Next year's Vic Open will no longer include the Ladies European Tour


LET Dealt Huge Blow As Vic Open Partners With LPGA Tour

The Vic Open has been heralded for breaking ground within the game for including both men and women in its annual tournament.

The Aussie event has been on the Ladies European Tour schedule in recent years as well as the men’s PGA Tour of Australia, and next year’s tournament will include the men’s European Tour for the first time.

However, the tournament was also set to feature the Ladies European Tour once again, but will now host the LPGA Tour instead.

It’s a huge blow to the LET which is currently struggling for events, sponsorship and prize money, and the whopping 3m Australian Dollar prize fund ($1.5m each for men and women) was a huge boost.

The news comes less than three months prior to the event starting on 7th February.

The tournament, formerly won by 2018 Women’s British Open champion Georgia Hall, will still feature the men’s European Tour as well as the ALPG Tour and PGA Tour of Australia.

There has been some criticism from the decision, including from three-time LET winner Beth Allen.

Allen wrote on Twitter, “Really sad to hear that @GolfAust has decided not to include the @LETgolf for the 2019 @VicOpenGolf.

“Myself & many other members of the LET have supported the event from the start. To be excluded the year that the event has reached over 1 million AUD is so disappointing.”

The LET 2018 schedule featured 22 tournaments including four Tour Schools, the GolfSixes and US Women’s Open qualifier.

The 1.5m Australian Dollar Vic Open would have been equal to the Ladies Scottish Open fund and larger than every other event barring the majors.

It’s obviously a huge blow for the LET and even more so due to the fact that 2019 is a Solheim Cup year.

Mel Reid, who recently gained her 2019 LPGA Tour card, made comments earlier this year about fellow golfers on the LET who had to get part time jobs due to the lack of opportunities in Europe.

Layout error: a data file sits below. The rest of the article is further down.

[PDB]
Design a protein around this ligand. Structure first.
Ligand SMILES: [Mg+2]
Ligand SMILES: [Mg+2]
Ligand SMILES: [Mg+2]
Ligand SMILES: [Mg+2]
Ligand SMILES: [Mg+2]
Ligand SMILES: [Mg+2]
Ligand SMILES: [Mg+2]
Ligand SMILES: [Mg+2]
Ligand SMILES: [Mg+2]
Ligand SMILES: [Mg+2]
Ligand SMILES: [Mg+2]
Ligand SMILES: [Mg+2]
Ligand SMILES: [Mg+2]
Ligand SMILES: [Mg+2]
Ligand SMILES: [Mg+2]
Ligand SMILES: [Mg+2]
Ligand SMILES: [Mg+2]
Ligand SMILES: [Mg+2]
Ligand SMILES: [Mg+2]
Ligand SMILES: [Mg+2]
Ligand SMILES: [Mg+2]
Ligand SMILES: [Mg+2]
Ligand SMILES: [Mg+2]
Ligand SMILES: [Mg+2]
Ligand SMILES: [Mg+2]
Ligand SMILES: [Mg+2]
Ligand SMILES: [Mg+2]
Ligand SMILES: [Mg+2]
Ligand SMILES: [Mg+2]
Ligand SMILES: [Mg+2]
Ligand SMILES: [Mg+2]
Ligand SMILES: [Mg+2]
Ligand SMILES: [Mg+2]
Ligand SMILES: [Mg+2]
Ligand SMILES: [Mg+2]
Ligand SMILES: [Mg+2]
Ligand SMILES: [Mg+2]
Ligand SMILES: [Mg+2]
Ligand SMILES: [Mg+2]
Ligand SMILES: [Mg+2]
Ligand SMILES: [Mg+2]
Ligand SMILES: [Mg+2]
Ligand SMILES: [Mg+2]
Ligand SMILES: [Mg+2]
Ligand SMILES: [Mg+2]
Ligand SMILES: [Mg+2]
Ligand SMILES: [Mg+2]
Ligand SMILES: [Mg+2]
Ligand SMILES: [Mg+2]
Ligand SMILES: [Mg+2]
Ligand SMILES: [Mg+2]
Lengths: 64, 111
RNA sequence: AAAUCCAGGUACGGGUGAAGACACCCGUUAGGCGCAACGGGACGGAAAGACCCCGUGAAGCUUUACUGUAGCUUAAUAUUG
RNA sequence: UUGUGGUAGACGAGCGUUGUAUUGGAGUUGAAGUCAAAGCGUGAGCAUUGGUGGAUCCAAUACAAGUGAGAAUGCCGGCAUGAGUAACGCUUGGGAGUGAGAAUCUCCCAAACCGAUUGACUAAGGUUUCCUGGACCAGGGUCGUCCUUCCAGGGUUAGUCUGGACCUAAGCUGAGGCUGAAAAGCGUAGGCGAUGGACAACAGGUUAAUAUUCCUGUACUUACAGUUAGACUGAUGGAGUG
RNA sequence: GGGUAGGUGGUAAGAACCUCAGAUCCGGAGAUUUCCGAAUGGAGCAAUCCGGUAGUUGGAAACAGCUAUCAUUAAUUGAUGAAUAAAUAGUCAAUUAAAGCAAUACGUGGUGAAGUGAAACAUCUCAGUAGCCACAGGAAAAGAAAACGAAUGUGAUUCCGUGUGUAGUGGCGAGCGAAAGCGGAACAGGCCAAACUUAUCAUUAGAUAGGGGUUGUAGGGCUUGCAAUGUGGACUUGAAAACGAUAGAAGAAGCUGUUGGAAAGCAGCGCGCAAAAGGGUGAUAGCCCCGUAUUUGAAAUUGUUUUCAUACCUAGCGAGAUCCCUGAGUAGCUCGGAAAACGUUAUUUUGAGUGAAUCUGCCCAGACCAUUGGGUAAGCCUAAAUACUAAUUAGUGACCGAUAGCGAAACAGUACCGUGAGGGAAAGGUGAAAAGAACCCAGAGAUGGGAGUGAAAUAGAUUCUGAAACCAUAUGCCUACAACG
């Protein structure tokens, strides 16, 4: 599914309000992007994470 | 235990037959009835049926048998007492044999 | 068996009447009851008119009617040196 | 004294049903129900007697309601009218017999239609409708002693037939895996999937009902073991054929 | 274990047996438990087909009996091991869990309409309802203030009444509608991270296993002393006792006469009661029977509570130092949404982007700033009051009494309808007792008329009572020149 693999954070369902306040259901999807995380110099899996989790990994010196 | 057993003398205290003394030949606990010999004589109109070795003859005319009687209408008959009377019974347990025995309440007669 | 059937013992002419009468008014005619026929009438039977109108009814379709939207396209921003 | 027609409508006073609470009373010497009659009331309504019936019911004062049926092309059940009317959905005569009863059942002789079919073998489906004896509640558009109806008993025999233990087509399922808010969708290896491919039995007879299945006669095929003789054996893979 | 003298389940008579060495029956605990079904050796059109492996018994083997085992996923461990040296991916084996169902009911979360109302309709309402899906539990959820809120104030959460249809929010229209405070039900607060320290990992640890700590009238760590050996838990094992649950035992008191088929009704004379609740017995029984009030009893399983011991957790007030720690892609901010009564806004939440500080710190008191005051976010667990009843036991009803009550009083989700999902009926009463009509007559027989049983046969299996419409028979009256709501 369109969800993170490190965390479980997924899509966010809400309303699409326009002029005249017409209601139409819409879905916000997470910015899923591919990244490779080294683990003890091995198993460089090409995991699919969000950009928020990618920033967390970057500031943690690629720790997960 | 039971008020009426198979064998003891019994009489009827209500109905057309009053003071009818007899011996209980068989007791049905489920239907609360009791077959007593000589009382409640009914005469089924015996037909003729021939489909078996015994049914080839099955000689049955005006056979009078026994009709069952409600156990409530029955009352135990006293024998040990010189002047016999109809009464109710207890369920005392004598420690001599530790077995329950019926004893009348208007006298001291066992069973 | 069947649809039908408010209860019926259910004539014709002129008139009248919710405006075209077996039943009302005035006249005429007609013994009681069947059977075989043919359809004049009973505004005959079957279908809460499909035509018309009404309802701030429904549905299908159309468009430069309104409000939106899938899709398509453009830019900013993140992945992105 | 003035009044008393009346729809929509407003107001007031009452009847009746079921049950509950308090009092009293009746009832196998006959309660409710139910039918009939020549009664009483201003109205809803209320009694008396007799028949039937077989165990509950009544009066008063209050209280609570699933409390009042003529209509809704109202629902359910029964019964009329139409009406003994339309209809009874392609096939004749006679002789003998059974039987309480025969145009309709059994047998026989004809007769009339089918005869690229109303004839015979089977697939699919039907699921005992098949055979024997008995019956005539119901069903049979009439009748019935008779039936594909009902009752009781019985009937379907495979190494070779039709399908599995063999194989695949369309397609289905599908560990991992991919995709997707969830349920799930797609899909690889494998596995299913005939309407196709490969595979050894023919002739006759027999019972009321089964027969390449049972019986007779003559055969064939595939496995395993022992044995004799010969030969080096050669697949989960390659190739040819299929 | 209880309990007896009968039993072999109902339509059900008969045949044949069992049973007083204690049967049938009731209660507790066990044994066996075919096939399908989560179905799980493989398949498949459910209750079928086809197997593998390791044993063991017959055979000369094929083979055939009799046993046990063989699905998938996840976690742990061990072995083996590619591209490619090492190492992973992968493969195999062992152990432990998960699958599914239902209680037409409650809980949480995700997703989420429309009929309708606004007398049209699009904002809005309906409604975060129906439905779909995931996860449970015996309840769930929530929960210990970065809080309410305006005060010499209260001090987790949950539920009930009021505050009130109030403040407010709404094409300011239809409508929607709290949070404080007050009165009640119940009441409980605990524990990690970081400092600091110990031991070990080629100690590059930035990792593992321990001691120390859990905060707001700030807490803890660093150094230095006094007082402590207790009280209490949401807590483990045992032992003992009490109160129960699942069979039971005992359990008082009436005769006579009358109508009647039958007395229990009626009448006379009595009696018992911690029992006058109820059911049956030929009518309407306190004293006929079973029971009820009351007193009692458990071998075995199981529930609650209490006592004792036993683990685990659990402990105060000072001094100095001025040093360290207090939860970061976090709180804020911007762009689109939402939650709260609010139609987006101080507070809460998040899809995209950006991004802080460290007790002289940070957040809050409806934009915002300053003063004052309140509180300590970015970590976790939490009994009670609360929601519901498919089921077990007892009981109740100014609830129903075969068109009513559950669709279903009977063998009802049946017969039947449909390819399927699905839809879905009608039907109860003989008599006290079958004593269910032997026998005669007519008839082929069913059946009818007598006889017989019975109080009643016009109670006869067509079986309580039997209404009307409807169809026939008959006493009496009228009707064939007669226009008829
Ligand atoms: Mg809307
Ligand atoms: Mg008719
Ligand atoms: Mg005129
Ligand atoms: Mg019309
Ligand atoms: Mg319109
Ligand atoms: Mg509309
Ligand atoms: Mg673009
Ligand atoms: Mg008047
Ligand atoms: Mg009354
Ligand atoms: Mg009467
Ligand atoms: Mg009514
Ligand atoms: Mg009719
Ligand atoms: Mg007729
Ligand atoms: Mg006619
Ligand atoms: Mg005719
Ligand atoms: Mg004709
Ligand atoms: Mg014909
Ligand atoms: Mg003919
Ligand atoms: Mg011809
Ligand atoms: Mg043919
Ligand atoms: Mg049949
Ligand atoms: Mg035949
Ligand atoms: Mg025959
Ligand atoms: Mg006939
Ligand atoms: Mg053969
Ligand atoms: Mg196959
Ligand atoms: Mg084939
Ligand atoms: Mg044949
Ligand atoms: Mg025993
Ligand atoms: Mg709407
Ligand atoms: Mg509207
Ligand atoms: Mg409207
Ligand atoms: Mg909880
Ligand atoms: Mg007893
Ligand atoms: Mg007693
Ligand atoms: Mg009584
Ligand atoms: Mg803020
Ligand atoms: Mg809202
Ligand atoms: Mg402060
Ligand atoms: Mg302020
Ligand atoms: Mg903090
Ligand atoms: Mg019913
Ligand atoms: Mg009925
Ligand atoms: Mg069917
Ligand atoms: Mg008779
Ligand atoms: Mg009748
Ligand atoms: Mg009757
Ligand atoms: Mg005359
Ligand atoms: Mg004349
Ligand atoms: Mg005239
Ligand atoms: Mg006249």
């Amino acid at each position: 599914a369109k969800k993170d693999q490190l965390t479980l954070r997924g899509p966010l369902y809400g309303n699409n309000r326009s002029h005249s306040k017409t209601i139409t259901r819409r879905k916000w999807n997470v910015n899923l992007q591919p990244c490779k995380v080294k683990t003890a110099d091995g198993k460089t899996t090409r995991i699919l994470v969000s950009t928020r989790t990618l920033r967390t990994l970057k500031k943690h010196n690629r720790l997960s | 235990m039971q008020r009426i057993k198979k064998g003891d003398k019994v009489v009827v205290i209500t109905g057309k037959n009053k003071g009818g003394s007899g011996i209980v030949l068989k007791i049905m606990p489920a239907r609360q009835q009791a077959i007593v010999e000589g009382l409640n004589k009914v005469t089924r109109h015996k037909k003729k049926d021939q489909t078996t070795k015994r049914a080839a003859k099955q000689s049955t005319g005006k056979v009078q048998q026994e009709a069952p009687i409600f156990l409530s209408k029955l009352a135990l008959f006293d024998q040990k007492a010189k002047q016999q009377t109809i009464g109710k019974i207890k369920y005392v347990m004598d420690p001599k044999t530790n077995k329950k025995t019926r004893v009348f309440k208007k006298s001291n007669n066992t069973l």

“A lot of my friends, who have been on Tour for 12 years, have had to get part-time jobs. Golf is supposed to be the second highest paid women’s sport,” she told the BBC’s ‘The Cut’ Podcast.

She continued, “they are elite athletes but if they are having to work part-time jobs how are they meant to put in the hours to get the best out of their abilities? It’s just not right.”

Reid told the BBC that the LET “needs help” and that it was “heartbreaking” to see the lack of tournaments on the schedule.

This week sees the Andalucia Costa del Sol Open de Espana, the final event of the season barring the two following Tour Schools, which has a prize pool of €300,000.

To put that into context, last week’s LPGA Tour season finale saw winner Lexi Thompson pick up a cheque of $500,000.

Also last week, the LPGA Tour announced a huge financial increase to the season finale CME Tour Championship where the winner will earn $1.5m, a winner’s cheque larger than 33 of the 47 men’s PGA Tour events.

This week’s men’s European Tour event, the Hong Kong Open, sees a prize pool of $2,000,000, a relatively small one compared to other events.

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